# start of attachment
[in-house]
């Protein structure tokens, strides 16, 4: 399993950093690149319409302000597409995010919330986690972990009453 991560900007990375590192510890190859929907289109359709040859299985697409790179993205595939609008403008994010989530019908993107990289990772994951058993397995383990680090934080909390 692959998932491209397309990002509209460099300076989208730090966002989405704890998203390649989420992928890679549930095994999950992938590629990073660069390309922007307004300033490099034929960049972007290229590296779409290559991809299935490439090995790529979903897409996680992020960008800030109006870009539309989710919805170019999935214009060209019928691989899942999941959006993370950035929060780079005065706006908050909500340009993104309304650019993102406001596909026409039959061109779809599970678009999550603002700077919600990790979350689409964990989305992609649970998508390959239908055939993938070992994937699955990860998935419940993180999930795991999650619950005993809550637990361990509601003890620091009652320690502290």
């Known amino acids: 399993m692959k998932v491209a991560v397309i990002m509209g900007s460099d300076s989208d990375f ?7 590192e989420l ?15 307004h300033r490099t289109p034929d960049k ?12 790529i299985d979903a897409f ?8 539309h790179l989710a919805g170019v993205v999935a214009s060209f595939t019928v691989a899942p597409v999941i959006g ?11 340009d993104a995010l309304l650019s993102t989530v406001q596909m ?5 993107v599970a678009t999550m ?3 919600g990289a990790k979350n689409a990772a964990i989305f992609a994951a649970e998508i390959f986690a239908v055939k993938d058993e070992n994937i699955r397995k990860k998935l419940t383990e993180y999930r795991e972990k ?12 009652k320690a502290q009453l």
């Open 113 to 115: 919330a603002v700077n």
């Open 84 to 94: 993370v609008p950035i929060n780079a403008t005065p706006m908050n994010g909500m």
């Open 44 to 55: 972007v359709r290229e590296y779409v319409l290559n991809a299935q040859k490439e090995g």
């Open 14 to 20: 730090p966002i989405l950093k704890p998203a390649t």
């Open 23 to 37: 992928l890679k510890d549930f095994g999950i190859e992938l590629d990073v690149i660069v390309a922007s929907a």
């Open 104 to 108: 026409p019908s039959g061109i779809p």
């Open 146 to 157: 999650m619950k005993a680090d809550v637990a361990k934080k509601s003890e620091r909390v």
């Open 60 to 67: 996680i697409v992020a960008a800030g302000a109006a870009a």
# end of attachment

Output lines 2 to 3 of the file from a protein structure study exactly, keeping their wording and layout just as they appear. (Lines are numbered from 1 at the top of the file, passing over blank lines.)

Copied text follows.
């Protein structure tokens, strides 16, 4: 399993950093690149319409302000597409995010919330986690972990009453 991560900007990375590192510890190859929907289109359709040859299985697409790179993205595939609008403008994010989530019908993107990289990772994951058993397995383990680090934080909390 692959998932491209397309990002509209460099300076989208730090966002989405704890998203390649989420992928890679549930095994999950992938590629990073660069390309922007307004300033490099034929960049972007290229590296779409290559991809299935490439090995790529979903897409996680992020960008800030109006870009539309989710919805170019999935214009060209019928691989899942999941959006993370950035929060780079005065706006908050909500340009993104309304650019993102406001596909026409039959061109779809599970678009999550603002700077919600990790979350689409964990989305992609649970998508390959239908055939993938070992994937699955990860998935419940993180999930795991999650619950005993809550637990361990509601003890620091009652320690502290």
């Known amino acids: 399993m692959k998932v491209a991560v397309i990002m509209g900007s460099d300076s989208d990375f ?7 590192e989420l ?15 307004h300033r490099t289109p034929d960049k ?12 790529i299985d979903a897409f ?8 539309h790179l989710a919805g170019v993205v999935a214009s060209f595939t019928v691989a899942p597409v999941i959006g ?11 340009d993104a995010l309304l650019s993102t989530v406001q596909m ?5 993107v599970a678009t999550m ?3 919600g990289a990790k979350n689409a990772a964990i989305f992609a994951a649970e998508i390959f986690a239908v055939k993938d058993e070992n994937i699955r397995k990860k998935l419940t383990e993180y999930r795991e972990k ?12 009652k320690a502290q009453l």